In the bridge circuit shown below, find the value of the resistance \(c\) such that the equivalent resistance connected across the voltage source is also equal to \(c\). Show that for this value of \(c\), the voltage across \(c\) is equal to \((\sqrt{b}-\sqrt{a})/(\sqrt{b}+\sqrt{a})\). Try to solve this problem yourself before looking at the solution below.

Start by finding the equivalent resistance. The easiest way to do this is to replace the voltage source with a current source \(I\), and then find the voltage \(V_1\) at node 1. The equivalent resistance is then \(V_1/I\). This involves solving 3 equations for nodes 1, 2 and 3. The equations are Kirchoff's current law applied to the nodes. Leaving out the details, the equivalent resistance is

\[R = \frac{2ab+(a+b)c}{a+b+2c}\]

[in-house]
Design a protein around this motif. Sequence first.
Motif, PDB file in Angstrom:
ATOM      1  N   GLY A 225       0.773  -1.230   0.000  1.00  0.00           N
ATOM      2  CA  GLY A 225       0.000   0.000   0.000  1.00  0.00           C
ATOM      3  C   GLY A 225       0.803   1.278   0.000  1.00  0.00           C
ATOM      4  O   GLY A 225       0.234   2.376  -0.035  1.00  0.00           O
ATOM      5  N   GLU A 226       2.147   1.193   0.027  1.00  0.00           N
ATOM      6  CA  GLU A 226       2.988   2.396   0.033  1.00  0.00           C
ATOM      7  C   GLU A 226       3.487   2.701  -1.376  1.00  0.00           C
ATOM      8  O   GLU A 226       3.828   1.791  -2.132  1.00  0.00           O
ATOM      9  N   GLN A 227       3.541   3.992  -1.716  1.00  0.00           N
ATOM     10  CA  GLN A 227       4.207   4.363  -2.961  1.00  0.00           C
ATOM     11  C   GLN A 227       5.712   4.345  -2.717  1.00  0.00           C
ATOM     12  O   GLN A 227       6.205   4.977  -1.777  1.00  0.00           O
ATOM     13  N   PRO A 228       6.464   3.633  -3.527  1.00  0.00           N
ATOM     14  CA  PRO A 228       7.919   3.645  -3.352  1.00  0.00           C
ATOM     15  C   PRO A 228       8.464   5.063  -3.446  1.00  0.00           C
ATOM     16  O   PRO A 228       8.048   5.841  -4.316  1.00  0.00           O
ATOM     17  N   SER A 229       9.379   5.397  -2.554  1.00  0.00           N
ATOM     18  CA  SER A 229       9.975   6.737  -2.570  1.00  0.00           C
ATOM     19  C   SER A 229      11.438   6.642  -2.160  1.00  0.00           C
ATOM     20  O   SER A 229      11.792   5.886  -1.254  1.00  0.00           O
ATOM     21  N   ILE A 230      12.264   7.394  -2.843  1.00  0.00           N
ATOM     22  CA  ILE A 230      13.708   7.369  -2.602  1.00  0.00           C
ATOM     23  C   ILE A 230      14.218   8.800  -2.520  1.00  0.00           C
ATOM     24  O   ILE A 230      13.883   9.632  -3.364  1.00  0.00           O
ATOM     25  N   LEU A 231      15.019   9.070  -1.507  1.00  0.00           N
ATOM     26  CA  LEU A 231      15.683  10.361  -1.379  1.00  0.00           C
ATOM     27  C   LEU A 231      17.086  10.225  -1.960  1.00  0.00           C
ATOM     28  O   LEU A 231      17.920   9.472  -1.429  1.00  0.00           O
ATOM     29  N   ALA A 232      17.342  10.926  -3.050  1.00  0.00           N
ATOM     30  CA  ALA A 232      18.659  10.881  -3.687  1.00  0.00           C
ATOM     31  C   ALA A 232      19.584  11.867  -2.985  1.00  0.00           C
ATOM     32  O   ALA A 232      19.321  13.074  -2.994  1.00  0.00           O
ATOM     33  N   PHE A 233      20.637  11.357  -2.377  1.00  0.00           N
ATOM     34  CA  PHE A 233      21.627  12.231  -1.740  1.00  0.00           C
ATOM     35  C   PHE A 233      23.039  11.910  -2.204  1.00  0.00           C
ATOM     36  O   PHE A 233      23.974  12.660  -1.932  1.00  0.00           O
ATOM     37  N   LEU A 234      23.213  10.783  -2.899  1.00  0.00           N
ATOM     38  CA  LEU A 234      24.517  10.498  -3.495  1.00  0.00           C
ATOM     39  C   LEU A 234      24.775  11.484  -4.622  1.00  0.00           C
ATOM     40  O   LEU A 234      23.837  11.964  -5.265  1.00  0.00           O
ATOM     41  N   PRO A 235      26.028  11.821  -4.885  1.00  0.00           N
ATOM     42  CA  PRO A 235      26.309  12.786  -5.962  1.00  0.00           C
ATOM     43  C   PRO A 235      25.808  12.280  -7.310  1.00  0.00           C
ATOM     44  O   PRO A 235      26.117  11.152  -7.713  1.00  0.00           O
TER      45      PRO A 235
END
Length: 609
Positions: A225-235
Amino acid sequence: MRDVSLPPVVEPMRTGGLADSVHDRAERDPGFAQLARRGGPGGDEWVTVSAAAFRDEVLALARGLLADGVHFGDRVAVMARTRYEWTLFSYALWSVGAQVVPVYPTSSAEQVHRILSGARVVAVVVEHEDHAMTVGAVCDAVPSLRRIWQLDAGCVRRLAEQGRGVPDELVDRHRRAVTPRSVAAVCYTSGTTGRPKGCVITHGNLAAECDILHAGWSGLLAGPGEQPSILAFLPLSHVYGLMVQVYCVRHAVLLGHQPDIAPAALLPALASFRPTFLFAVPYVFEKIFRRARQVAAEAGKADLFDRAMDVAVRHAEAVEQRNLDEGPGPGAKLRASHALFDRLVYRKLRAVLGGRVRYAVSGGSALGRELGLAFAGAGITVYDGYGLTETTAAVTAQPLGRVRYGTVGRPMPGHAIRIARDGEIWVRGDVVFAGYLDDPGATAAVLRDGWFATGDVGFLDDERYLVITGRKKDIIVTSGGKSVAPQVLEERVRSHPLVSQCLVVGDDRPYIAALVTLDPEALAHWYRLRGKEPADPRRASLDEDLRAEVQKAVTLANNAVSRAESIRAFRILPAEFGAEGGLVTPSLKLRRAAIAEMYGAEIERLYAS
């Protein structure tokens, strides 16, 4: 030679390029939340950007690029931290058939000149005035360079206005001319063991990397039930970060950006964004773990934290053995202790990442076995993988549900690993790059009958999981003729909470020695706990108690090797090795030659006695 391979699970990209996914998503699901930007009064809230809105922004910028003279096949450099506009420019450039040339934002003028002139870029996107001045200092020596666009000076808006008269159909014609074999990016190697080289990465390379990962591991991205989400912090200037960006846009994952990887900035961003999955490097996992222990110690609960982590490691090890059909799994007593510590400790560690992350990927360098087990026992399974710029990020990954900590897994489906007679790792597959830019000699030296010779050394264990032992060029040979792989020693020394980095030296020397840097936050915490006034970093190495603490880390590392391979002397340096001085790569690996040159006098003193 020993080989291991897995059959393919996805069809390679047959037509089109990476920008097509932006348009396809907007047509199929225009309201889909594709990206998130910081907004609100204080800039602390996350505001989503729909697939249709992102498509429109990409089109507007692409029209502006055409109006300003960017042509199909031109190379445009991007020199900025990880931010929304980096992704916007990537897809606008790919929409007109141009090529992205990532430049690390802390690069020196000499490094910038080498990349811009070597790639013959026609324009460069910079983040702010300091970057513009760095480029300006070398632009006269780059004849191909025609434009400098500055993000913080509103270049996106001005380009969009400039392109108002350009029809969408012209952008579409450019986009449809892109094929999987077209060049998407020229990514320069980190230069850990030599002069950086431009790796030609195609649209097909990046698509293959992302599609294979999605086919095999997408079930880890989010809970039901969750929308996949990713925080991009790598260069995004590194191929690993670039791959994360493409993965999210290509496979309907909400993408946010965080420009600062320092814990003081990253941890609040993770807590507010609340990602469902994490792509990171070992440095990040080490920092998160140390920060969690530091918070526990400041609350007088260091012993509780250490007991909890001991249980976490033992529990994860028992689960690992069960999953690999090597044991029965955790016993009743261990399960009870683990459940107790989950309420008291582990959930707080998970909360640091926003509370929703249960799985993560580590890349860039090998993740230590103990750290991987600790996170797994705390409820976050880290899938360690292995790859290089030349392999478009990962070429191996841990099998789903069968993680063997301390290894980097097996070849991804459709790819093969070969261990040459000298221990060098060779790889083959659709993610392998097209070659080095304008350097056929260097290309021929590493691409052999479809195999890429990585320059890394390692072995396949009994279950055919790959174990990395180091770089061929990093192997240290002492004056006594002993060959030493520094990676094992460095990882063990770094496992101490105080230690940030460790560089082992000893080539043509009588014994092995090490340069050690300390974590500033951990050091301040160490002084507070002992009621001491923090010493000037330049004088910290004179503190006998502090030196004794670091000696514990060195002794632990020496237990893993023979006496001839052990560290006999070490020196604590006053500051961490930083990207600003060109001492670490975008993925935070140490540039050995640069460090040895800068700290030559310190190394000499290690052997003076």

If you set \(R=c\) and solve for \(c\), you get \(c=\sqrt{ab}\). In other words, when \(c\) is equal to the geometric mean of \(a\) and \(b\), the equivalent resistance is equal to \(c\).

To solve the second part of the problem we need an expression for the voltage across \(c\). Going back to the voltage source and writing the node equations for nodes 2 and 3, we get

\[(1/a + 1/b + 1/c)V_2 - (1/c)V_3 = (1/a)V_1\]

\[-(1/c)V_2 + (1/a + 1/b + 1/c)V_3 = (1/b)V_1\]

Solving these 2 equations for \(V_2/V_1\) and \(V_3/V_1\) we get the following expression for the voltage across resistor \(c\).

\[\frac{V_2-V_3}{V_1} = \frac{(b-a)c}{(b+a)c+2ab}\]

If you substitute the value \(c=\sqrt{ab}\) into this equation, you find that

\[\frac{V_2-V_3}{V_1} = \frac{\sqrt{b}-\sqrt{a}}{\sqrt{b}+\sqrt{a}}\]

This simple circuit can calculate the ratio of the sum and difference of the square roots of 2 numbers.

© 2010-2023 Stefan Hollos and Richard Hollos

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